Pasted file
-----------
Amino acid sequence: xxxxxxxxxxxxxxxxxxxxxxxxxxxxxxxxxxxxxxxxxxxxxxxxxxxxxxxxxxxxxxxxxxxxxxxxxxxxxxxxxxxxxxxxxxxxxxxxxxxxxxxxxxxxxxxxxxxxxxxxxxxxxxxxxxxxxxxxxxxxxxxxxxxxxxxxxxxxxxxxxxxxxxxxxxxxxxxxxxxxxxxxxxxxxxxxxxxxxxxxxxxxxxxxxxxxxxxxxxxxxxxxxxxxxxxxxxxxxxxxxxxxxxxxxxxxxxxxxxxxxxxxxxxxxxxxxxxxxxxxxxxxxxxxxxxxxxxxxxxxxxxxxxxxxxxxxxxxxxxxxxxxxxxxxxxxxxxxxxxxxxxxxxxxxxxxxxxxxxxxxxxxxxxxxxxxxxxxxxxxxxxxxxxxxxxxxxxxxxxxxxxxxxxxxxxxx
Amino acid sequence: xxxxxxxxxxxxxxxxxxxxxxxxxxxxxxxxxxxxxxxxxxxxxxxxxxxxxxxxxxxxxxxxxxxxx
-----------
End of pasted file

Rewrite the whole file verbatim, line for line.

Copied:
Amino acid sequence: xxxxxxxxxxxxxxxxxxxxxxxxxxxxxxxxxxxxxxxxxxxxxxxxxxxxxxxxxxxxxxxxxxxxxxxxxxxxxxxxxxxxxxxxxxxxxxxxxxxxxxxxxxxxxxxxxxxxxxxxxxxxxxxxxxxxxxxxxxxxxxxxxxxxxxxxxxxxxxxxxxxxxxxxxxxxxxxxxxxxxxxxxxxxxxxxxxxxxxxxxxxxxxxxxxxxxxxxxxxxxxxxxxxxxxxxxxxxxxxxxxxxxxxxxxxxxxxxxxxxxxxxxxxxxxxxxxxxxxxxxxxxxxxxxxxxxxxxxxxxxxxxxxxxxxxxxxxxxxxxxxxxxxxxxxxxxxxxxxxxxxxxxxxxxxxxxxxxxxxxxxxxxxxxxxxxxxxxxxxxxxxxxxxxxxxxxxxxxxxxxxxxxxxxxxxxx
Amino acid sequence: xxxxxxxxxxxxxxxxxxxxxxxxxxxxxxxxxxxxxxxxxxxxxxxxxxxxxxxxxxxxxxxxxxxxx